740.00119 Control Italy/52: Telegram

The Chargé at Algiers (Chapin) to the Secretary of State

356. For Wilson.39 In an after dinner conversation last night Massigli drew me aside and said that he wished to express to me personally and through me to you his deep disappointment at the delay in permitting French representation on Allied Control Commission in Italy. While he did not specifically so state it was apparent from the general tenor of his conversation that he felt that the opposition to such participation came entirely from the United States. Massigli said that if France were refused participation in the labors of the Control Commission it would not only be a heavy blow to the prestige of the French nation but that the work of the Advisory Council would be adversely affected. He developed at some length the importance of Franco-Italian relations and necessity from French point of view that France should take part in actual solution of Italian affairs.

I replied that it was my understanding that no definite decision had been taken in the matter and added that the problem which concerned itself mainly with Italian affairs appeared to be on outside of my province. I agreed, however, that I would transmit his views to you.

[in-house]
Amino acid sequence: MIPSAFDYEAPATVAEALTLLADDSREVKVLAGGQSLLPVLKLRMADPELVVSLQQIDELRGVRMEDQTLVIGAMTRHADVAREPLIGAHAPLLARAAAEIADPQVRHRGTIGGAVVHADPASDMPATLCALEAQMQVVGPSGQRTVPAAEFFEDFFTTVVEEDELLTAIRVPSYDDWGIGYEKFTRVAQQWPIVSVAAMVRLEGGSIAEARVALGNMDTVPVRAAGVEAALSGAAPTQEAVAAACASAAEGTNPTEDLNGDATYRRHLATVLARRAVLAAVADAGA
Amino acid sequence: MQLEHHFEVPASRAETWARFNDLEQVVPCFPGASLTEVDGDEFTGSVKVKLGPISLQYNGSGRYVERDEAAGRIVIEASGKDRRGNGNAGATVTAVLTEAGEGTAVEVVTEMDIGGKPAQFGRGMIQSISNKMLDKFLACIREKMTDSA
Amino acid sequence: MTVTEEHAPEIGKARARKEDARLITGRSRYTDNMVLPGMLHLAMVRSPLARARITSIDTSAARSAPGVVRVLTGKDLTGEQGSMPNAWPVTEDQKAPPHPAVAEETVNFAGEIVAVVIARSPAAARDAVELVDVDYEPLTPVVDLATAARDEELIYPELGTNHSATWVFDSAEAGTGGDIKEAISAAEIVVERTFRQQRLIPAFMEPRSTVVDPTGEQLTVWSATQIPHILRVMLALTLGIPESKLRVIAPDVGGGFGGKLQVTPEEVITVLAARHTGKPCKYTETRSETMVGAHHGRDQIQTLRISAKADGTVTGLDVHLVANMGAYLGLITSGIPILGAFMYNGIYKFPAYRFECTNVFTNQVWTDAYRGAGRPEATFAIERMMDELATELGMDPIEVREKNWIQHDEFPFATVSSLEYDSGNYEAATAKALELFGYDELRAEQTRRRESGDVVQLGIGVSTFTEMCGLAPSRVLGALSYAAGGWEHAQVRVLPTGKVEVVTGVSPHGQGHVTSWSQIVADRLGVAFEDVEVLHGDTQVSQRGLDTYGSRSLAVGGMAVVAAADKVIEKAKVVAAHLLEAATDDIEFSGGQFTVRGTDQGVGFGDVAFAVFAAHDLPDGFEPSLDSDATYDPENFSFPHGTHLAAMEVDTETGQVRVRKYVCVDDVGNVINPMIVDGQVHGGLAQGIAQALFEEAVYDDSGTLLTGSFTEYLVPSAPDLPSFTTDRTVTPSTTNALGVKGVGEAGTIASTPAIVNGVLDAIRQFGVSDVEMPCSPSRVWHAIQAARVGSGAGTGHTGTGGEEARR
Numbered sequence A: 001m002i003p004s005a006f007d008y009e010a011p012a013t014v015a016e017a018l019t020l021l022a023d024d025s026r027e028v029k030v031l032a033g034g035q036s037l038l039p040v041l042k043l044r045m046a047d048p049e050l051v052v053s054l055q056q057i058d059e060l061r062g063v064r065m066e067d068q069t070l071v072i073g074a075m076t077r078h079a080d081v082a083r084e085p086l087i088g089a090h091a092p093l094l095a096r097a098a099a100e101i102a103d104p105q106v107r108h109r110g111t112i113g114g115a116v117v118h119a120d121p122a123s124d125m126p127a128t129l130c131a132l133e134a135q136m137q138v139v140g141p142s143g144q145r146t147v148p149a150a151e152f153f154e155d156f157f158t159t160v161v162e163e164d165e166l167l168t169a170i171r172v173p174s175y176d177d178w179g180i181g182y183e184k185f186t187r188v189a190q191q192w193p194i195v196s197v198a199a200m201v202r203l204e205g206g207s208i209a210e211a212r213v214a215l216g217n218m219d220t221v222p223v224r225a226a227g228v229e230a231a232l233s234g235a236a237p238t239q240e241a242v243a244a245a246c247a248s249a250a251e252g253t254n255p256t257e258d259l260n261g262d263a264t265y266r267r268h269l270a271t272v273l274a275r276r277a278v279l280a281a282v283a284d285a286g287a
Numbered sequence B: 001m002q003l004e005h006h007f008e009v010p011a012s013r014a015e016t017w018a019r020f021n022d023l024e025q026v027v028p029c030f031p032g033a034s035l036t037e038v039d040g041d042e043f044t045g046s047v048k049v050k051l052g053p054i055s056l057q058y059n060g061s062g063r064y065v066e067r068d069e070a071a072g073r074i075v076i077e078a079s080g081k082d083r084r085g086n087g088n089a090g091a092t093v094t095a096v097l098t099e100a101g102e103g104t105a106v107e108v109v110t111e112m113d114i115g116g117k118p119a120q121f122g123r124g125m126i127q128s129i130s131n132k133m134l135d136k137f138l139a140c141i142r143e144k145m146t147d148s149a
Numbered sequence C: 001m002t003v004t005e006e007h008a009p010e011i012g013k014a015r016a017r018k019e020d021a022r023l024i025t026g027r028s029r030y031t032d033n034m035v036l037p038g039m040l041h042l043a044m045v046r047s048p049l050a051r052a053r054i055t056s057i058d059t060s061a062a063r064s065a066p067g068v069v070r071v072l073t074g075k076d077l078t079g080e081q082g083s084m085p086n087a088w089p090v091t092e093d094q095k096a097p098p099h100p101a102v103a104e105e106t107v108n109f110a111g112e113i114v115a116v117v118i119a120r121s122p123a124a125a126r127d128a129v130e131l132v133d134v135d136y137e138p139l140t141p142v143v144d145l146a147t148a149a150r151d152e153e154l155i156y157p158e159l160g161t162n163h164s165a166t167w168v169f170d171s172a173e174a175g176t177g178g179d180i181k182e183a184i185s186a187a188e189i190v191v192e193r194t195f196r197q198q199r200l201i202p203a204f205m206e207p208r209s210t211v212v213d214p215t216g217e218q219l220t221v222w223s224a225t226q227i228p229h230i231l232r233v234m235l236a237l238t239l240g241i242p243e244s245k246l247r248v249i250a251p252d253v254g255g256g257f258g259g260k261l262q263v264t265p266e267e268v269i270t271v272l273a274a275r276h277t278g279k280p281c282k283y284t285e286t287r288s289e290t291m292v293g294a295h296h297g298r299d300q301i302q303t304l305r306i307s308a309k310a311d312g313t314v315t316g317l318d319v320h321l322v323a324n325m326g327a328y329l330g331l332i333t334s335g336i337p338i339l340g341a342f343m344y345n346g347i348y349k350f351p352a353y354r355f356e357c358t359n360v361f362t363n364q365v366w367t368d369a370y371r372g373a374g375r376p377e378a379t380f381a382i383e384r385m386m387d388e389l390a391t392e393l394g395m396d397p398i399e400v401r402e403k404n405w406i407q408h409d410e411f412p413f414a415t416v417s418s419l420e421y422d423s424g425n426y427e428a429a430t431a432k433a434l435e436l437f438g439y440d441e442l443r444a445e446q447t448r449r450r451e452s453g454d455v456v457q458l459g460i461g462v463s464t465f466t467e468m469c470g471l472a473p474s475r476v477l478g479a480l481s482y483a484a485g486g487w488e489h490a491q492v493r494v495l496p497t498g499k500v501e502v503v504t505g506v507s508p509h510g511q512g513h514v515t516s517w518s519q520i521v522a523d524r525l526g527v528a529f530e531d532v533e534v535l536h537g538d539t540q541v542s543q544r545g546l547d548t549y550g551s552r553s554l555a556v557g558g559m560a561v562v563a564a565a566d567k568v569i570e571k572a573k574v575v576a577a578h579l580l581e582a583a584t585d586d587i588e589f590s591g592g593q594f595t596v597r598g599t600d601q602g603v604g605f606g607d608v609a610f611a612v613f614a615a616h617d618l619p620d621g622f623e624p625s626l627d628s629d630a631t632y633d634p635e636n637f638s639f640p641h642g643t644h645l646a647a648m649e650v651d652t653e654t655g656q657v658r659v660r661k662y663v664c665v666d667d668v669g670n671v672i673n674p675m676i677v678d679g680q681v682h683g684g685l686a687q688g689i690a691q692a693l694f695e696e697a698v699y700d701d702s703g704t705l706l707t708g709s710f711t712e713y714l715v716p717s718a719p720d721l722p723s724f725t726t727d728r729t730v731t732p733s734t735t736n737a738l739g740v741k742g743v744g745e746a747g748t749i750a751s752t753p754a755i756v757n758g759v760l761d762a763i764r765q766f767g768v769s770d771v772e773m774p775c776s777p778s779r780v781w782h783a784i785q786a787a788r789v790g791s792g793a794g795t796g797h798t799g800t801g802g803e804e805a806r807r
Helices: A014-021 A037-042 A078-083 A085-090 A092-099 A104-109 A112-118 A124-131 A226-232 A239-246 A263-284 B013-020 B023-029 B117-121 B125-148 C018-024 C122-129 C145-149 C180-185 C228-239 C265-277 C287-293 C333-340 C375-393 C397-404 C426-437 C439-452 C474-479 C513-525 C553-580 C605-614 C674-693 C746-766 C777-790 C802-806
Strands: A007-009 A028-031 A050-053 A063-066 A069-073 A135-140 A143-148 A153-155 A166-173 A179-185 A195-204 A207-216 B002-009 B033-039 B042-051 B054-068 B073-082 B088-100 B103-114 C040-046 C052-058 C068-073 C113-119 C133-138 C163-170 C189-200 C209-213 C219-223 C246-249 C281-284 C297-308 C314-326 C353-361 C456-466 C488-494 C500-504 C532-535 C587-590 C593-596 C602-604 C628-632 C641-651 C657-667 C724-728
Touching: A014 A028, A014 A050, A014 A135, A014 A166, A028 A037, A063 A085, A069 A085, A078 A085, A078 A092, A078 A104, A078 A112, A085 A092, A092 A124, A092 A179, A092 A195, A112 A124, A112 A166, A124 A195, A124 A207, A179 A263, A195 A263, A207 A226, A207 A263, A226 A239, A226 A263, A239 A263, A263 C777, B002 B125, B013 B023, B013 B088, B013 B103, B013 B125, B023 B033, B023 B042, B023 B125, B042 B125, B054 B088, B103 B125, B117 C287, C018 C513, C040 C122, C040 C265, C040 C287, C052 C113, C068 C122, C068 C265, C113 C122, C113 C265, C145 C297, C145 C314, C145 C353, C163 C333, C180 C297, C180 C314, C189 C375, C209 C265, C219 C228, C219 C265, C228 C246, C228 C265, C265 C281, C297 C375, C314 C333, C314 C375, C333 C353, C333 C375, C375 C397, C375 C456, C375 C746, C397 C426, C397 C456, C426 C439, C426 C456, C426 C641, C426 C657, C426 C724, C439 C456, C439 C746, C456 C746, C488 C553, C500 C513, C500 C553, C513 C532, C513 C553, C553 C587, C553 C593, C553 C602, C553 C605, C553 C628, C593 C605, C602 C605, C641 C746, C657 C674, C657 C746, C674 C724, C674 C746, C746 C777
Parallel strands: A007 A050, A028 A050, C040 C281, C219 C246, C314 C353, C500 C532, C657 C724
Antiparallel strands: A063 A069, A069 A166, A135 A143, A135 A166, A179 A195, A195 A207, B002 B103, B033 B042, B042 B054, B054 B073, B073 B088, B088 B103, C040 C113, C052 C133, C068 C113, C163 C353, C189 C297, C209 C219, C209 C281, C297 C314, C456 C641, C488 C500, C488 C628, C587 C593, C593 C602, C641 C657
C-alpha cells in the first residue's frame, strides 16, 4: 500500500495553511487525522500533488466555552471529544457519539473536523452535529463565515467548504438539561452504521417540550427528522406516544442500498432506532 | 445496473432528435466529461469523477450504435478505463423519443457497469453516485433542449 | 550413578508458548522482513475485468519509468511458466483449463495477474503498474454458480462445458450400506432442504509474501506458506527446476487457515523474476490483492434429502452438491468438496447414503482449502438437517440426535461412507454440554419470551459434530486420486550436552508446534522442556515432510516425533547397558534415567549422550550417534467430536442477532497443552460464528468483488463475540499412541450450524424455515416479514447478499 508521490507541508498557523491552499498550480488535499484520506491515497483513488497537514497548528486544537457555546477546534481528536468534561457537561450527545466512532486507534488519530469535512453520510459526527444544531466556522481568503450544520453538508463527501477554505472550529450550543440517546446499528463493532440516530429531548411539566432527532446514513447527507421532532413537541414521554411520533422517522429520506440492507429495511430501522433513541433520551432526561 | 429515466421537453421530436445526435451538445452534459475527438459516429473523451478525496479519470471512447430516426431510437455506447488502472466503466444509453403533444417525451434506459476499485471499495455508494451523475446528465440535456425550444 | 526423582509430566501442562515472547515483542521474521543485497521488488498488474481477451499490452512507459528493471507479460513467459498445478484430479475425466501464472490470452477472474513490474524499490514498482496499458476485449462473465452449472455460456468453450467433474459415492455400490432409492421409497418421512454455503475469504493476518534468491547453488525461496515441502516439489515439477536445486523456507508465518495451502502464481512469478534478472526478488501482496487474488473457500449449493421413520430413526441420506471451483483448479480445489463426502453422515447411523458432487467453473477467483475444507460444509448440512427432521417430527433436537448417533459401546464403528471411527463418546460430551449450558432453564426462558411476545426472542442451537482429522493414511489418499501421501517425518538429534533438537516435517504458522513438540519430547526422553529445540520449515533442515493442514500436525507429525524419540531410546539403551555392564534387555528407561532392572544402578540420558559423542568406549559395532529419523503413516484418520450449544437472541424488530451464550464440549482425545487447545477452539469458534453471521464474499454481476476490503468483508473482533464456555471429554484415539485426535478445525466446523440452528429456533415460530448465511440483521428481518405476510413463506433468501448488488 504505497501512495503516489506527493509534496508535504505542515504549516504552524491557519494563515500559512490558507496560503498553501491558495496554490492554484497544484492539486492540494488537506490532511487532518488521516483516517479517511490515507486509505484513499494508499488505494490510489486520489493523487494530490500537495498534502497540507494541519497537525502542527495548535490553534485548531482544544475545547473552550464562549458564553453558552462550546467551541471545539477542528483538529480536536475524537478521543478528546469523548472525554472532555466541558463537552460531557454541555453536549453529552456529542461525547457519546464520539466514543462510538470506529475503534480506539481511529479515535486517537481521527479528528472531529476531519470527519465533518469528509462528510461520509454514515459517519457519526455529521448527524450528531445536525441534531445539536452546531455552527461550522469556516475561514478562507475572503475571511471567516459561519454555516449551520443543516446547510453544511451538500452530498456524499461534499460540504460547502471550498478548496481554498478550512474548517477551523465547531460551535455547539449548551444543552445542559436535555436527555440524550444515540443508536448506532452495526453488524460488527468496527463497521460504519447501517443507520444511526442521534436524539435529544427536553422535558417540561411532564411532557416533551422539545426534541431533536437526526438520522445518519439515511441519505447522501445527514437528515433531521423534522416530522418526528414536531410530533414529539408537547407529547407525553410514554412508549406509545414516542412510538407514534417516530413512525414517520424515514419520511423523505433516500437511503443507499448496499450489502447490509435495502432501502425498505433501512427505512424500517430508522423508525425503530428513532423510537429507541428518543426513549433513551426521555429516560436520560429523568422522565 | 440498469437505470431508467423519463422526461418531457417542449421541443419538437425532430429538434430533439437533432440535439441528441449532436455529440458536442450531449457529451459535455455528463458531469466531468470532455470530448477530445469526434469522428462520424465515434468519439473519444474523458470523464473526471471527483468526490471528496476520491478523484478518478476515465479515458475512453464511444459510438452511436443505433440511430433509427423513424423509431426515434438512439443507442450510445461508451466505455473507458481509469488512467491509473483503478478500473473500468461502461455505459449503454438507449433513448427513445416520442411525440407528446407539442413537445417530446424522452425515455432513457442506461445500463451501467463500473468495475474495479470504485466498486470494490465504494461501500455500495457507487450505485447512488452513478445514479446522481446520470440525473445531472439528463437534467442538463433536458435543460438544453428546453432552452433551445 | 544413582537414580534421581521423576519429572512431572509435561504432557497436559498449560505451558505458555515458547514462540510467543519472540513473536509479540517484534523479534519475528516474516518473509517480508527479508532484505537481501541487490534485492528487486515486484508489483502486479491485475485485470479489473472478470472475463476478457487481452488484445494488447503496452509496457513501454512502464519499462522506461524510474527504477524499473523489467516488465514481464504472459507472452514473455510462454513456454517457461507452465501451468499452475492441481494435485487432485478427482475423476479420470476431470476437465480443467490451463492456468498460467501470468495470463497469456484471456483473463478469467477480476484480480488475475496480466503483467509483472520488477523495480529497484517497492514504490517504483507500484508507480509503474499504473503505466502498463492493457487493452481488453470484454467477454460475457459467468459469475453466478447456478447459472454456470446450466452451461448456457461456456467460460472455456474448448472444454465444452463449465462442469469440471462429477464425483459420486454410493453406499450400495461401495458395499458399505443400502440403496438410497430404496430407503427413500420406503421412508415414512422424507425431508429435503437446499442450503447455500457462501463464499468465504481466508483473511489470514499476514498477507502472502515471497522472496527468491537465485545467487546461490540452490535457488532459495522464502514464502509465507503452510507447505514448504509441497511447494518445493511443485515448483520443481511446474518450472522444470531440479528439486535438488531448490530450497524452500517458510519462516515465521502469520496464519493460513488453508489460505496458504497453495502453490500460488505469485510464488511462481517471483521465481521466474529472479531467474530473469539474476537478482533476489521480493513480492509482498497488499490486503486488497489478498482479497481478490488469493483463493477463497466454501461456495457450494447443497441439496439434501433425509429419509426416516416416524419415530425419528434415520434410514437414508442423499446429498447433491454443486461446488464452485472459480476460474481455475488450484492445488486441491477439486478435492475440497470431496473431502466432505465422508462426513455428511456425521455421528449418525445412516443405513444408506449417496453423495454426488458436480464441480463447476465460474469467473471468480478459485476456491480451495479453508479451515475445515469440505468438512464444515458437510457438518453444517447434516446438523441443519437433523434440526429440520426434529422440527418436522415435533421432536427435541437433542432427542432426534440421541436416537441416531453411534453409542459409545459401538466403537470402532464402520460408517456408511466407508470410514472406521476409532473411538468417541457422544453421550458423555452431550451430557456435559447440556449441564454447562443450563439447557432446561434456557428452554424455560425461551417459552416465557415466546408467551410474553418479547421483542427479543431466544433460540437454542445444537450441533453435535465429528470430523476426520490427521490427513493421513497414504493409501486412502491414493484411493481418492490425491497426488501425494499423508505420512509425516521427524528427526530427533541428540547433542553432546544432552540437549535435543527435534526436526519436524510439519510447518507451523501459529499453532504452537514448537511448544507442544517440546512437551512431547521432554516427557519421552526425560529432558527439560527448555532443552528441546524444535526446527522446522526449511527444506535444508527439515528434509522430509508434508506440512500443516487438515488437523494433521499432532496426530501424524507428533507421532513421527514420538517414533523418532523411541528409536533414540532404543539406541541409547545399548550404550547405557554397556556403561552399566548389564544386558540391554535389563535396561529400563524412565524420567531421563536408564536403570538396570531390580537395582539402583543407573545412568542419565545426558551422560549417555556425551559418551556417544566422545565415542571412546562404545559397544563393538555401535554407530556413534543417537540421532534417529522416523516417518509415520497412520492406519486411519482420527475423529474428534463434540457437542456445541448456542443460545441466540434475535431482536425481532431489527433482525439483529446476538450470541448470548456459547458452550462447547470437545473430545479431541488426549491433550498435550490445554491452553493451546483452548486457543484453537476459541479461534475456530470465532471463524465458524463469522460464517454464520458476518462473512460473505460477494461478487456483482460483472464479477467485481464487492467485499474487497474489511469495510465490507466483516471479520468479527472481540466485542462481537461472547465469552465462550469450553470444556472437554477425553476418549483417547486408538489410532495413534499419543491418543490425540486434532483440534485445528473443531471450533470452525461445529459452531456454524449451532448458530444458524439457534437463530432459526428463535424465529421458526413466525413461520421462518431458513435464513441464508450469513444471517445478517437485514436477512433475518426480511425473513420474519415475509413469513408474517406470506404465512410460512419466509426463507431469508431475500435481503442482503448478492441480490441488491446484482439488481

I learn on reliable authority that Massigli did not inform de Gaulle40 prior to his departure for Brazzaville of the results of the sixth meeting of the Advisory Council (see my telegram 259, January 25, 11 a.m. [2 p.m.] from Reinhardt). De Gaulle returned to Algiers yesterday but it is doubtful whether he had seen Massigli before the dinner last night.

This morning Reinhardt called by request on Hubert Guerin, Massigli’s alternate on the Advisory Council, who repeated to him similar arguments and expressed grave concern.

  1. Presumably Edwin C. Wilson, American Representative to the French Committee of National Liberation at Algiers.
  2. Gen. Charles de Gaulle, President of the French Committee of National Liberation.